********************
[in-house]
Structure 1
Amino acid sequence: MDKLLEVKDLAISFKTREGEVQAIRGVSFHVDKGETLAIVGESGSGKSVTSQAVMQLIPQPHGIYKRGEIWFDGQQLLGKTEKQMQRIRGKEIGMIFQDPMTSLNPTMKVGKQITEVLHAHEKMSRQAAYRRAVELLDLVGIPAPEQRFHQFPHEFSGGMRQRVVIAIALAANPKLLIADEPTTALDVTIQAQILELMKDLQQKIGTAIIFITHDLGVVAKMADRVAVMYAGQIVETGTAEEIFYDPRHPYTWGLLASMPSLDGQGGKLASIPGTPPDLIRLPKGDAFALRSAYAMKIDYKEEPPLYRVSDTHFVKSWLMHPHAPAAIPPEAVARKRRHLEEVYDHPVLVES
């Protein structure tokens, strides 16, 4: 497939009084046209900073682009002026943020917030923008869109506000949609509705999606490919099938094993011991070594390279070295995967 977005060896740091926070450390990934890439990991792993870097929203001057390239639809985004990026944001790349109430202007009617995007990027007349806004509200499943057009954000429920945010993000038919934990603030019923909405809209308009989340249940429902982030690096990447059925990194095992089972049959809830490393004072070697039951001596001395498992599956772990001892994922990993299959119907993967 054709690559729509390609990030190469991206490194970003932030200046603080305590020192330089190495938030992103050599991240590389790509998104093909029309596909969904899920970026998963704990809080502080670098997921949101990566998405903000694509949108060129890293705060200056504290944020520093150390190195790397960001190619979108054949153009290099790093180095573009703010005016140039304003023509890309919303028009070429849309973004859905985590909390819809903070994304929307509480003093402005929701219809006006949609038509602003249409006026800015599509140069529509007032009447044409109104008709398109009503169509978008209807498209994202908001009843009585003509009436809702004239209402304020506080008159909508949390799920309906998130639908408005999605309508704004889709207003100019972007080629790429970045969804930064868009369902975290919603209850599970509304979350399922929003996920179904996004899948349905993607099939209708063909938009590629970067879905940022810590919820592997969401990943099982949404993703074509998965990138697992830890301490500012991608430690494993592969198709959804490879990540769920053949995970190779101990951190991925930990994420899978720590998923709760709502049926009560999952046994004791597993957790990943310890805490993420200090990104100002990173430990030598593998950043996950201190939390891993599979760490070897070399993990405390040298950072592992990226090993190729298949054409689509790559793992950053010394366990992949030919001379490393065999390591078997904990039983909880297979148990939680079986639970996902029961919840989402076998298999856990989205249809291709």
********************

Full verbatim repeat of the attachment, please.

[in-house]
Structure 1
Amino acid sequence: MDKLLEVKDLAISFKTREGEVQAIRGVSFHVDKGETLAIVGESGSGKSVTSQAVMQLIPQPHGIYKRGEIWFDGQQLLGKTEKQMQRIRGKEIGMIFQDPMTSLNPTMKVGKQITEVLHAHEKMSRQAAYRRAVELLDLVGIPAPEQRFHQFPHEFSGGMRQRVVIAIALAANPKLLIADEPTTALDVTIQAQILELMKDLQQKIGTAIIFITHDLGVVAKMADRVAVMYAGQIVETGTAEEIFYDPRHPYTWGLLASMPSLDGQGGKLASIPGTPPDLIRLPKGDAFALRSAYAMKIDYKEEPPLYRVSDTHFVKSWLMHPHAPAAIPPEAVARKRRHLEEVYDHPVLVES
């Protein structure tokens, strides 16, 4: 497939009084046209900073682009002026943020917030923008869109506000949609509705999606490919099938094993011991070594390279070295995967 977005060896740091926070450390990934890439990991792993870097929203001057390239639809985004990026944001790349109430202007009617995007990027007349806004509200499943057009954000429920945010993000038919934990603030019923909405809209308009989340249940429902982030690096990447059925990194095992089972049959809830490393004072070697039951001596001395498992599956772990001892994922990993299959119907993967 054709690559729509390609990030190469991206490194970003932030200046603080305590020192330089190495938030992103050599991240590389790509998104093909029309596909969904899920970026998963704990809080502080670098997921949101990566998405903000694509949108060129890293705060200056504290944020520093150390190195790397960001190619979108054949153009290099790093180095573009703010005016140039304003023509890309919303028009070429849309973004859905985590909390819809903070994304929307509480003093402005929701219809006006949609038509602003249409006026800015599509140069529509007032009447044409109104008709398109009503169509978008209807498209994202908001009843009585003509009436809702004239209402304020506080008159909508949390799920309906998130639908408005999605309508704004889709207003100019972007080629790429970045969804930064868009369902975290919603209850599970509304979350399922929003996920179904996004899948349905993607099939209708063909938009590629970067879905940022810590919820592997969401990943099982949404993703074509998965990138697992830890301490500012991608430690494993592969198709959804490879990540769920053949995970190779101990951190991925930990994420899978720590998923709760709502049926009560999952046994004791597993957790990943310890805490993420200090990104100002990173430990030598593998950043996950201190939390891993599979760490070897070399993990405390040298950072592992990226090993190729298949054409689509790559793992950053010394366990992949030919001379490393065999390591078997904990039983909880297979148990939680079986639970996902029961919840989402076998298999856990989205249809291709």